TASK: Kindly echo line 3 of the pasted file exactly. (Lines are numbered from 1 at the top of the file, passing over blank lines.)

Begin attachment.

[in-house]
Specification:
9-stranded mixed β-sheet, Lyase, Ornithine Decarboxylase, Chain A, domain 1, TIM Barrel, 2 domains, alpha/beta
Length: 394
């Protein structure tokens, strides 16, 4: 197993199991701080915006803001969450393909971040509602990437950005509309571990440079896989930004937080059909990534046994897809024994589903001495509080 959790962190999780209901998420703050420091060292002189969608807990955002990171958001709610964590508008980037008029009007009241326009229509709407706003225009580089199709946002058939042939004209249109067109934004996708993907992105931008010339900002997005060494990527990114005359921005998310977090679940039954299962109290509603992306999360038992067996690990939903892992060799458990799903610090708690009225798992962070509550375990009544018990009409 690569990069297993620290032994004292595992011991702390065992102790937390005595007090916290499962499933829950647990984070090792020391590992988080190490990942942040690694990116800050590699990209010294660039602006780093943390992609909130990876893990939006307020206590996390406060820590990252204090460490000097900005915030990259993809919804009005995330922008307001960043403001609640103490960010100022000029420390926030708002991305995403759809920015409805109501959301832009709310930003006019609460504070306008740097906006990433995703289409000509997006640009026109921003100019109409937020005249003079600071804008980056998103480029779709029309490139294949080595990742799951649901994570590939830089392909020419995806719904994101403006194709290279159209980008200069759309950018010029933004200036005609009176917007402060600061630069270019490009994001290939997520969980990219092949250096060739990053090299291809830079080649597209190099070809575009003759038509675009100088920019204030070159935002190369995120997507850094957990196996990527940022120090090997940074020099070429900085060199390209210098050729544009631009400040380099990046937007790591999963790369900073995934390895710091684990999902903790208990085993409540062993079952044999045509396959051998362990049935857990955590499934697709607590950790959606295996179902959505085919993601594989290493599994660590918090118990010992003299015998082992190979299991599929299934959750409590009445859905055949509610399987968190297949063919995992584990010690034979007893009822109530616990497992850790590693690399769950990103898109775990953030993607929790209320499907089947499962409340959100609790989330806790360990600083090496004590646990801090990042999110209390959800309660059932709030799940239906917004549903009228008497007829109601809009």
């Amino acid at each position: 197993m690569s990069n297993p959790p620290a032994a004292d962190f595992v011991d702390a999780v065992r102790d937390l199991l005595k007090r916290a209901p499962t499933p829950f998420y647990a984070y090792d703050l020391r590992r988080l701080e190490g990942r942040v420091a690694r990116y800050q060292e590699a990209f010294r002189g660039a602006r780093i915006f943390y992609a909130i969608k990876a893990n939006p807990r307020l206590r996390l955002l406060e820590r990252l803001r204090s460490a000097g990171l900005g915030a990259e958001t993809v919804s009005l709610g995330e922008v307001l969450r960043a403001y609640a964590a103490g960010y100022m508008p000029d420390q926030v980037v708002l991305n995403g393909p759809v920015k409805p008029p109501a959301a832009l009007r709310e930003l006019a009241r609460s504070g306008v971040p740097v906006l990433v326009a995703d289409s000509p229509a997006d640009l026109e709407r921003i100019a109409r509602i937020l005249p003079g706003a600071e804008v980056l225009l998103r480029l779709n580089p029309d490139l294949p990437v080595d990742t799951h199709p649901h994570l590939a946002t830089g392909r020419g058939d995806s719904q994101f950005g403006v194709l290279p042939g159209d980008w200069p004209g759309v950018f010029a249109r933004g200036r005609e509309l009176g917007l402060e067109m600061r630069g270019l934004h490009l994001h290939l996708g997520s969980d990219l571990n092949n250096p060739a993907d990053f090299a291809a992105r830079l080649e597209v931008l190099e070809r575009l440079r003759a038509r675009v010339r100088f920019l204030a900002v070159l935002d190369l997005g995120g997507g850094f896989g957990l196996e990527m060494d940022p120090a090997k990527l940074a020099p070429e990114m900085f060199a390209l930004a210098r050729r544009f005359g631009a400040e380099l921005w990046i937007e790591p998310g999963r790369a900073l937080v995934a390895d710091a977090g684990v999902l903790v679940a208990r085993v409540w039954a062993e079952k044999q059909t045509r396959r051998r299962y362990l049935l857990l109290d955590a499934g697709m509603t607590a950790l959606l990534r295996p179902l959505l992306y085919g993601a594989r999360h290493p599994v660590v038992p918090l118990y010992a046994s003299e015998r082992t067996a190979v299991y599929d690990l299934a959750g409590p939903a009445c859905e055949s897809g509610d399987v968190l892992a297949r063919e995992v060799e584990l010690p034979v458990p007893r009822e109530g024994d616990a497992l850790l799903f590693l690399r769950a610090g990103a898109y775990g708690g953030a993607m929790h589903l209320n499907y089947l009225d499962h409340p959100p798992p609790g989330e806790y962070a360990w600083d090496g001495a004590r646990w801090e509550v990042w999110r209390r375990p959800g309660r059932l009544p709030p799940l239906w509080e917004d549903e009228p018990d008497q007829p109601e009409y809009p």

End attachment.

9-stranded mixed β-sheet, Lyase, Ornithine Decarboxylase, Chain A, domain 1, TIM Barrel, 2 domains, alpha/beta